I think the worst situation of all though was when other friends became 'active' with their boyfriends. Suddenly you felt left behind because while you were reading the problem pages about it they were living it. Suddenly they seemed more self assured and 'grown up' and because they wanted to tell you every gory detail you were left with mentally scarring images which did not make bumping uglies sound so pretty after all. It actually sounded quite awkward and like bloody hard work. The idea of showing someone my body - that thing I disliked most about myself - filled me with absolute horror. 'If I like a guy, why on earth would I put him off by showing him this?' Would be my most frequent thought when thinking about relationships. In fact if I ever liked a member of the opposite sex the best way to deal with it was to not speak to them and pretty much avoid them. It made for a much easier life! It never crossed my mind that men would have body hang ups and insecurities too. Oh no, such a thought was a crazy idea!





Today, the 29 year old me obviously still has insecurities, I am a woman after all! And I of course I have days where I don't like my wardrobe and everyone else's is better than mine or I look fat in everything or my hair just won't go! I would be surprised if that wasn't the case as I would like to think even the most perfect of women have 'off' days. The great thing about growing up is that a lot less of the superficial stuff matters, you have a lot more important things going on to worry about and while at 15 you wouldn't dare utter to anyone else any body hang ups you have for fear of being teased, come your mid 20's you don't care! You're telling your friends of the hairs you pluck out of your chin or your bunions, we are all human and all have body issues so know there is no need to be ashamed. We are only human.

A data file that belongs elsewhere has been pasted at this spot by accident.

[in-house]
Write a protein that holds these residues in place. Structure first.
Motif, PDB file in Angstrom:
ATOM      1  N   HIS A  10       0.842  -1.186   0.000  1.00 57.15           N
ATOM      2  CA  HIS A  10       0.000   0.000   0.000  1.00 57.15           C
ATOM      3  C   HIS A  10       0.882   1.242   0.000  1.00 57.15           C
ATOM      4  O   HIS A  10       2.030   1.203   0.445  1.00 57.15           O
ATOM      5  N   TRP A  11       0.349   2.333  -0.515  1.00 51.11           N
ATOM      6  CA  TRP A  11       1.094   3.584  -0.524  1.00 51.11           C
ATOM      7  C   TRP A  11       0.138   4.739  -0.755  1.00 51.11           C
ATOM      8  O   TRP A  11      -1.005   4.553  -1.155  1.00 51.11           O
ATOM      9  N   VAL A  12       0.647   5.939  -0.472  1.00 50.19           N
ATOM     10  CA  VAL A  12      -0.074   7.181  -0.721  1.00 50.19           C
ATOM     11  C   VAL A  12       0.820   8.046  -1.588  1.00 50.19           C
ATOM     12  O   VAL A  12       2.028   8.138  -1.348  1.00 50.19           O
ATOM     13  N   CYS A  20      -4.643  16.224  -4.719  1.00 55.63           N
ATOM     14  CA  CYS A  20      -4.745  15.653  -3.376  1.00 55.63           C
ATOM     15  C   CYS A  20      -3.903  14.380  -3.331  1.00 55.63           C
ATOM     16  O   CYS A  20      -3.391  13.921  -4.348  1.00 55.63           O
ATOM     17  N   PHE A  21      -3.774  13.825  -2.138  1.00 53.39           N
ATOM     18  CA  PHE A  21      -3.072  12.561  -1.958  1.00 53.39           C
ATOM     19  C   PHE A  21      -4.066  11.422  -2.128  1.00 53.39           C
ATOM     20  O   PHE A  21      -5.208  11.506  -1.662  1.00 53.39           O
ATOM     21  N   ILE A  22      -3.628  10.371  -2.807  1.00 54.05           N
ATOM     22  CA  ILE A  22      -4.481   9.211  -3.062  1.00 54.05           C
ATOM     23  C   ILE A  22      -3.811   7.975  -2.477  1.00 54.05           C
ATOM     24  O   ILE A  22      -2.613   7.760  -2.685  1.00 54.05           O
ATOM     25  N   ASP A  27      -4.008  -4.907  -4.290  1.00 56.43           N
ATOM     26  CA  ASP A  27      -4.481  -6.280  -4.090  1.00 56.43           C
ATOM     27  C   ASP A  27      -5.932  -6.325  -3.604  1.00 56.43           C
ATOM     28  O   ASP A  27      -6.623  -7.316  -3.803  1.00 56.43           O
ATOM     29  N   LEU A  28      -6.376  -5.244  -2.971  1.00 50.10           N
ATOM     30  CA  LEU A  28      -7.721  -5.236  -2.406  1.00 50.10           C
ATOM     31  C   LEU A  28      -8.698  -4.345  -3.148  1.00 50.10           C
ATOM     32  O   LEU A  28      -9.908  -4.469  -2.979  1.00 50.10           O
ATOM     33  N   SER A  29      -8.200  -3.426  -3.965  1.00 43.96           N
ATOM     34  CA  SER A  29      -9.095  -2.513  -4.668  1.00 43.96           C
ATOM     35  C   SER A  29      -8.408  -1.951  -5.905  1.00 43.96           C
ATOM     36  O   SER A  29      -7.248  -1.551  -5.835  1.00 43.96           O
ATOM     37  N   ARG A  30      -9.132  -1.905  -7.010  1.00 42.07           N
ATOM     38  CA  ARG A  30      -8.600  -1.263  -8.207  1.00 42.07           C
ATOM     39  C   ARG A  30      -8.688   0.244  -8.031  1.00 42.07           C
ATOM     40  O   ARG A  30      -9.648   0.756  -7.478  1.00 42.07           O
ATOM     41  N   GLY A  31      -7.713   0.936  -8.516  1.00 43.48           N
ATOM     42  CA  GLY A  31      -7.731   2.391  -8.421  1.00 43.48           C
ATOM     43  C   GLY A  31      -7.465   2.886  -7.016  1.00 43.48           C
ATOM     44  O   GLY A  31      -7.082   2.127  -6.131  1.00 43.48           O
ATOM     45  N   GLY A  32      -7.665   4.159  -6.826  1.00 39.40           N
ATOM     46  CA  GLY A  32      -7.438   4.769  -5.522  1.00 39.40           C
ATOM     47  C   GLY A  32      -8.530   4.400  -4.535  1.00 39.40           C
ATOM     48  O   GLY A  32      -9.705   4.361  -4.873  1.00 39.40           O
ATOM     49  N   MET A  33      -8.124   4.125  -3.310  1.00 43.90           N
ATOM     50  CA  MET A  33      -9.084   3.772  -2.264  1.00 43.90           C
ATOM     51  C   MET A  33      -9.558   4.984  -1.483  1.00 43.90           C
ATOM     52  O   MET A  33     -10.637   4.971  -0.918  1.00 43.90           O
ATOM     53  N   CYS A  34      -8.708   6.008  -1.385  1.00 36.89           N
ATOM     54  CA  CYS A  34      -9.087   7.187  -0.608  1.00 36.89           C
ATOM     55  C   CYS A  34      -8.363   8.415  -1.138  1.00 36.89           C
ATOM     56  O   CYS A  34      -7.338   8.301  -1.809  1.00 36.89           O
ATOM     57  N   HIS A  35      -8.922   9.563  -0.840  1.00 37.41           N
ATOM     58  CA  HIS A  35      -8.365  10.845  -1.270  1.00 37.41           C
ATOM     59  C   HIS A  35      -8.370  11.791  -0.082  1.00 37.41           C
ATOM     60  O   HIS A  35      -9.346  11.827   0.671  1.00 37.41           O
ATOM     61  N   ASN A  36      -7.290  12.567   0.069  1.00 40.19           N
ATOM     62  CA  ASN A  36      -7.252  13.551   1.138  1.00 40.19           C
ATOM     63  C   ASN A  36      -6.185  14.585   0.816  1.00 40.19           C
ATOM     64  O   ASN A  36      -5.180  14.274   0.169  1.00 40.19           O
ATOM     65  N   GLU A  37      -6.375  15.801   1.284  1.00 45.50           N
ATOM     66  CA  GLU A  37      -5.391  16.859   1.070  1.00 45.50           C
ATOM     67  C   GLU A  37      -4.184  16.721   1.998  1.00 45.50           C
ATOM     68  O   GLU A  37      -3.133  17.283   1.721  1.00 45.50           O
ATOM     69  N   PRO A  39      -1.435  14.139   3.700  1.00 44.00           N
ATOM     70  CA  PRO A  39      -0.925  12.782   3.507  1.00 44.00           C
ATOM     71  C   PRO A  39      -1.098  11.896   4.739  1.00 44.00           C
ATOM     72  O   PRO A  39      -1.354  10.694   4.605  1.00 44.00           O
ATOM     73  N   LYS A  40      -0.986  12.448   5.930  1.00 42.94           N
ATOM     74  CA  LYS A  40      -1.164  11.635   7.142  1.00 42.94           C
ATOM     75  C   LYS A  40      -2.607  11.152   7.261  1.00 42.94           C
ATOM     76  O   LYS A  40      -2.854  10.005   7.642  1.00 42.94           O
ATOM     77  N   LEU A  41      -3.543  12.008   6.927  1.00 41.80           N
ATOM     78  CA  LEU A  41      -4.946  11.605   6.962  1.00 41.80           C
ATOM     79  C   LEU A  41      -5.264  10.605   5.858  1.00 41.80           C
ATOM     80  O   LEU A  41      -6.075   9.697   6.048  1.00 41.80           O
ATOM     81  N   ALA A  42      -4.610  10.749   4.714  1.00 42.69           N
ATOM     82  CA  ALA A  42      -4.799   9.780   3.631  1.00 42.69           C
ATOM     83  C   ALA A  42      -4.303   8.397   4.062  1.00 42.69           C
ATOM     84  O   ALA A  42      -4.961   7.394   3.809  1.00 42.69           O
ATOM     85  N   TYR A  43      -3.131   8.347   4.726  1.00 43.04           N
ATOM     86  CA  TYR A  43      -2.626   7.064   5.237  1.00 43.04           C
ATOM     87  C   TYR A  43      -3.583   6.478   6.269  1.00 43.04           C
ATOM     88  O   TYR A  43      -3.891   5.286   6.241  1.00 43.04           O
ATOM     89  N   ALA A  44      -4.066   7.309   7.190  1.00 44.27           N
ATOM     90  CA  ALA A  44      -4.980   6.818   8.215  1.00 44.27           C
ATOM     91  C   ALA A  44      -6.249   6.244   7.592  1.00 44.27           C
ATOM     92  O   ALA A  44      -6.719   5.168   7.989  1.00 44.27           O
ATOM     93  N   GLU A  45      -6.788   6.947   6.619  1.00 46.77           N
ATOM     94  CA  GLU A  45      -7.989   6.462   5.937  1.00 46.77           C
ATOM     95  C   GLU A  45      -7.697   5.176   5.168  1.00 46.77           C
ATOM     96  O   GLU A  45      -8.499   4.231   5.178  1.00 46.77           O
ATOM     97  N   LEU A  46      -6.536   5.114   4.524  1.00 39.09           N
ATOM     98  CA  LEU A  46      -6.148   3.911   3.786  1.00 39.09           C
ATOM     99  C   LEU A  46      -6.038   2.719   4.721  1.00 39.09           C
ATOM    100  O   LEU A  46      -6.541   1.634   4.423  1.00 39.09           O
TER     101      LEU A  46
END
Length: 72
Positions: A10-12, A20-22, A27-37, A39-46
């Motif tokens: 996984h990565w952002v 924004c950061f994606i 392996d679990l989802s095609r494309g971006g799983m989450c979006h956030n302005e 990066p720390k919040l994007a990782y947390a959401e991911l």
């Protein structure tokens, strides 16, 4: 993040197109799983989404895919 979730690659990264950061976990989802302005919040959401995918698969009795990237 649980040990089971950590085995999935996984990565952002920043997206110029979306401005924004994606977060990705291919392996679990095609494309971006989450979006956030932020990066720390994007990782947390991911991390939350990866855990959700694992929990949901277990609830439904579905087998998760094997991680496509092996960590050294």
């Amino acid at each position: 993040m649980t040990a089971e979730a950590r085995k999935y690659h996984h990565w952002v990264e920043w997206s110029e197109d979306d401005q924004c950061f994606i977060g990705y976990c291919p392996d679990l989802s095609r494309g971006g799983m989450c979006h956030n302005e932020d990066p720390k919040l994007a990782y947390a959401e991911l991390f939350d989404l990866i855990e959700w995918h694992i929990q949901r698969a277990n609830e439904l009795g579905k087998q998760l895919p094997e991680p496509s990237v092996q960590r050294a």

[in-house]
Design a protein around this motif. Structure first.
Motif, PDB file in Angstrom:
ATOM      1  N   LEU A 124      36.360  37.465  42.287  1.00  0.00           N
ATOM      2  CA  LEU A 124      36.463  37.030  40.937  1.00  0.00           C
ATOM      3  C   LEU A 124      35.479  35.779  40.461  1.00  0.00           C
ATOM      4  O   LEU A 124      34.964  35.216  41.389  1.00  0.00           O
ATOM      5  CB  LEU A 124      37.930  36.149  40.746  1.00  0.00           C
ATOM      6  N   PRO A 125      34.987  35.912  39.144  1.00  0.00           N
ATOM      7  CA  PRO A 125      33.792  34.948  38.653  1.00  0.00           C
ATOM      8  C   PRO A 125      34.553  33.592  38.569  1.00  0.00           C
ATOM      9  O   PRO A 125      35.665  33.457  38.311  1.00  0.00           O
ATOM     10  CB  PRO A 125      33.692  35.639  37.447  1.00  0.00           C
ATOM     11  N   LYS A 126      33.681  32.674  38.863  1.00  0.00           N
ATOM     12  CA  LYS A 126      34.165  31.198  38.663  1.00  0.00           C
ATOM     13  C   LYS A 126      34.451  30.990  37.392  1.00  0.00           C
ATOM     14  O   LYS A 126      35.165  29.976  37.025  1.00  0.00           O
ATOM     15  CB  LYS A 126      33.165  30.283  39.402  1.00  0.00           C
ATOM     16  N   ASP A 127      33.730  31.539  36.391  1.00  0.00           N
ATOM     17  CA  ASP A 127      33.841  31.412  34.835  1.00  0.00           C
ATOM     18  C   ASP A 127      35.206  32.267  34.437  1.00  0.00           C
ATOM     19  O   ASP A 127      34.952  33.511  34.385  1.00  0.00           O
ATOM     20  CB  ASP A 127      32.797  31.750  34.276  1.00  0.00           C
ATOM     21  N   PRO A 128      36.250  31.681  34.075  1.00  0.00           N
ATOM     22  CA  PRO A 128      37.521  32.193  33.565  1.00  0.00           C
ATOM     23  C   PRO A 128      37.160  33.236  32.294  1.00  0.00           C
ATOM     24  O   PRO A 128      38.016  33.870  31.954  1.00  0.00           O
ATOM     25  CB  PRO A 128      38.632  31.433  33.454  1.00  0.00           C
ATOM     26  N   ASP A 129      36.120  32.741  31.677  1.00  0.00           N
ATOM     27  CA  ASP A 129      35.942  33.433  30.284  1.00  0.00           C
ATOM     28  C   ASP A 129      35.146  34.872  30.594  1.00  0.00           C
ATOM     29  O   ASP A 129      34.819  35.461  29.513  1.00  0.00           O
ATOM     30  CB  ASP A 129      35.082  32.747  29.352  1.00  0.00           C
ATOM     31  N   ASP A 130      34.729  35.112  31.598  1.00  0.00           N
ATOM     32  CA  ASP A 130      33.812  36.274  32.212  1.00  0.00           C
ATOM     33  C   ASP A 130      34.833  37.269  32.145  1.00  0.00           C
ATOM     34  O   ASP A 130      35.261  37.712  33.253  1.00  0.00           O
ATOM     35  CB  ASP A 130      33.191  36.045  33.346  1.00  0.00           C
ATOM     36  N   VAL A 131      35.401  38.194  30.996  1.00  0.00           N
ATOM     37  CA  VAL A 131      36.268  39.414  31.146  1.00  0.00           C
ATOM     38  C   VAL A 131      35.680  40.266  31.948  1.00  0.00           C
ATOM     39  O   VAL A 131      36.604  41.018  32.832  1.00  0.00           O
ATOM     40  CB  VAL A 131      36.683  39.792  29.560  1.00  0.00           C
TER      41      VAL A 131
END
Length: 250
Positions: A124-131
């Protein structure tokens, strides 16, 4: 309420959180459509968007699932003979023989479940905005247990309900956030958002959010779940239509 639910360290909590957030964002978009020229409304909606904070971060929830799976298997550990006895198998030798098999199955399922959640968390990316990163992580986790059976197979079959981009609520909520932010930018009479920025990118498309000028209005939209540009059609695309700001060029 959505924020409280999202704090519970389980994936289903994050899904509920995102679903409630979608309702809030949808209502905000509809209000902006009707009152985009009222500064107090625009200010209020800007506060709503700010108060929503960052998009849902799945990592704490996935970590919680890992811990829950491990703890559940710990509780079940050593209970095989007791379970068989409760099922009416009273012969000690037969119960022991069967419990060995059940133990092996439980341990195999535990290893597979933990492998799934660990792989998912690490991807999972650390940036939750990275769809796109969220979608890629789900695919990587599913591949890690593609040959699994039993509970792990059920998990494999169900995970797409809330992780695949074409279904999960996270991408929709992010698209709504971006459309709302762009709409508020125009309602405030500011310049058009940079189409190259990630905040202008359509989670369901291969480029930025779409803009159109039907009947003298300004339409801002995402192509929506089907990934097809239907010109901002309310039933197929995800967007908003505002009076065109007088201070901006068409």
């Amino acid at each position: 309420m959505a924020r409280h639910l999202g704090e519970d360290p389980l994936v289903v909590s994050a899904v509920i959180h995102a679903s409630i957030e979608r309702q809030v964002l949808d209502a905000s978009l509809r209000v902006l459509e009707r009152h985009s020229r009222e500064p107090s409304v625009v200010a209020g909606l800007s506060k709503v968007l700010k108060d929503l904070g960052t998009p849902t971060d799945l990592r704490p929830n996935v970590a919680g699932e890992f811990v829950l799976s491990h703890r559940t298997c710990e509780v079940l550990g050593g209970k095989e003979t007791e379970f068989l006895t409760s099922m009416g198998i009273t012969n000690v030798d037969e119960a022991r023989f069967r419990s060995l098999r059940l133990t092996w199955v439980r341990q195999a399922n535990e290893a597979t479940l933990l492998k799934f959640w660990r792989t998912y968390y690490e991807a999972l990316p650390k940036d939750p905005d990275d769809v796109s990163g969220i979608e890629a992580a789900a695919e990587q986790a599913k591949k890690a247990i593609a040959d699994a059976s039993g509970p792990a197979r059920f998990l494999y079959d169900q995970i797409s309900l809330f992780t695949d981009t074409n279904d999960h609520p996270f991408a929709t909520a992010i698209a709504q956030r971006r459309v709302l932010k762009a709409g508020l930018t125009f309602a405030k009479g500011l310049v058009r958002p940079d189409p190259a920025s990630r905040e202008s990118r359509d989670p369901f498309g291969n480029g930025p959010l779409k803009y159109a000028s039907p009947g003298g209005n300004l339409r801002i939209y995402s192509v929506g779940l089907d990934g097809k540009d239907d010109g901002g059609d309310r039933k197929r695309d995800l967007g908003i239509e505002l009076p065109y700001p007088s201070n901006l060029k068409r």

Lately, I have found a whole new massive respect for my body in fact, I think I have finally kinda grown to like it a lot. Right now it is carrying mine and hubby's first baby and it is doing an amazing job! All is going well, I feel well and seem to be growing well and at a good pace. You realise all of a sudden just what an amazing instrument our bodies really are in situations like this. You also realise all that superficial stuff doesn't matter so long as it can do what it is actually designed to do properly, what it is was made for. I'm not saying that post birth I won't be going 'What the hell has happened to my body!?' that is only natural and as stated previously, I am a woman! But it will have gone through this amazing journey and given me the best gift I could ever want. So long as that gift is happy and healthy then that is all that matters. I hope to instill body confidence into my children as much as possible, they will never see me criticise my body like I have in the past and grow up to know everyone is different and they should be happy with what they have. (As much as that is possible to teach in the teen years of course).





Would I like to have a perfect flat tum, olive skin, perfect white straight teeth and nails that grew long without breaking? Sure. Would I like to have perfect hair every day, pretty feet and Bambi long eyelashes? YES, YES I WOULD.Would I have that over the life I have today, as the person that I am and look like?





Hell no.




2 comments:

  1. Oh what I would give for boobs that held a pencil. Mine don't stand a chance, they are too small! Even bf'ing they aren't big enough. I just tried haha xo

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    Replies
    1. Haha, see and yet I was DEVASTATED as a teen! Crazy isn't it? We are all unique to who we are and should embrace that! xx